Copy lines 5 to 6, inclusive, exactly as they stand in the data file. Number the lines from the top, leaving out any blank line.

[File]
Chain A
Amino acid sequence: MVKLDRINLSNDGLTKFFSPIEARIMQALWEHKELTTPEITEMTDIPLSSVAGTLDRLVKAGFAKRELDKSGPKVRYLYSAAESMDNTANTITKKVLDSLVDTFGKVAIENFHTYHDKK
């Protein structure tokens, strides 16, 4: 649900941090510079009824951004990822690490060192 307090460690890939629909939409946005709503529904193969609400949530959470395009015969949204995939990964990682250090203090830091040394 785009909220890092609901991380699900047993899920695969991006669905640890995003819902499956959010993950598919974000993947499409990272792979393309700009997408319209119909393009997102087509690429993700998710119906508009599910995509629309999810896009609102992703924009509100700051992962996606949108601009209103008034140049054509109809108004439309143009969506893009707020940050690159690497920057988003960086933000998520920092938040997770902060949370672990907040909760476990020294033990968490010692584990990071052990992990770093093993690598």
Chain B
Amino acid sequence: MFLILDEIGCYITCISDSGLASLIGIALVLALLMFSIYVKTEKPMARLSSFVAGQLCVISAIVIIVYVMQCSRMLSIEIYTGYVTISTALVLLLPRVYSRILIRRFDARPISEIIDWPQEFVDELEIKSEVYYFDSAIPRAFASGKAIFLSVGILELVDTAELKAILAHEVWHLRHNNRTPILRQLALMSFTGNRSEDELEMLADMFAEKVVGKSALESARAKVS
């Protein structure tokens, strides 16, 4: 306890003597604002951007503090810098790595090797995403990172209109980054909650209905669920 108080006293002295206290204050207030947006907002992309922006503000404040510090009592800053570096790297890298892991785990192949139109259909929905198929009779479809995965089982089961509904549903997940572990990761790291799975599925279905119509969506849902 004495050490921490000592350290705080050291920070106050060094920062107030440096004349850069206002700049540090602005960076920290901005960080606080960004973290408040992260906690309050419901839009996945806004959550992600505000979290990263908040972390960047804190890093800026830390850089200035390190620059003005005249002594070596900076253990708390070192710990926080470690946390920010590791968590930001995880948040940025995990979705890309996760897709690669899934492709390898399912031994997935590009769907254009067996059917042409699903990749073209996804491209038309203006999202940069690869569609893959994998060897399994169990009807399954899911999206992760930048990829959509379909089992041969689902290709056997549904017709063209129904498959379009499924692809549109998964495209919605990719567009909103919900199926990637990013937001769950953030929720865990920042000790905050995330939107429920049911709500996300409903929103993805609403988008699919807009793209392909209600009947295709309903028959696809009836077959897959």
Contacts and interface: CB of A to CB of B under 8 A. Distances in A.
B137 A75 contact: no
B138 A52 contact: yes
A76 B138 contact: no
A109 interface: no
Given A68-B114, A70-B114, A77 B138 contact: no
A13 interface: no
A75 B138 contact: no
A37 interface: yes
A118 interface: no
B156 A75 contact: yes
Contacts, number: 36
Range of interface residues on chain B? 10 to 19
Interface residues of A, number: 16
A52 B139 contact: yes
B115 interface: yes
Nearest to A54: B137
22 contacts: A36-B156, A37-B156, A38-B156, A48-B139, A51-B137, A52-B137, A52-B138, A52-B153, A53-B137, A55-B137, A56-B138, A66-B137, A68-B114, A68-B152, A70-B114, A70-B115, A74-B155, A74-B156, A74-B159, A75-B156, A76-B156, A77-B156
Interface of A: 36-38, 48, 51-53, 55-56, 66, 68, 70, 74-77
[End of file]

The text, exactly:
Amino acid sequence: MFLILDEIGCYITCISDSGLASLIGIALVLALLMFSIYVKTEKPMARLSSFVAGQLCVISAIVIIVYVMQCSRMLSIEIYTGYVTISTALVLLLPRVYSRILIRRFDARPISEIIDWPQEFVDELEIKSEVYYFDSAIPRAFASGKAIFLSVGILELVDTAELKAILAHEVWHLRHNNRTPILRQLALMSFTGNRSEDELEMLADMFAEKVVGKSALESARAKVS
């Protein structure tokens, strides 16, 4: 306890003597604002951007503090810098790595090797995403990172209109980054909650209905669920 108080006293002295206290204050207030947006907002992309922006503000404040510090009592800053570096790297890298892991785990192949139109259909929905198929009779479809995965089982089961509904549903997940572990990761790291799975599925279905119509969506849902 004495050490921490000592350290705080050291920070106050060094920062107030440096004349850069206002700049540090602005960076920290901005960080606080960004973290408040992260906690309050419901839009996945806004959550992600505000979290990263908040972390960047804190890093800026830390850089200035390190620059003005005249002594070596900076253990708390070192710990926080470690946390920010590791968590930001995880948040940025995990979705890309996760897709690669899934492709390898399912031994997935590009769907254009067996059917042409699903990749073209996804491209038309203006999202940069690869569609893959994998060897399994169990009807399954899911999206992760930048990829959509379909089992041969689902290709056997549904017709063209129904498959379009499924692809549109998964495209919605990719567009909103919900199926990637990013937001769950953030929720865990920042000790905050995330939107429920049911709500996300409903929103993805609403988008699919807009793209392909209600009947295709309903028959696809009836077959897959």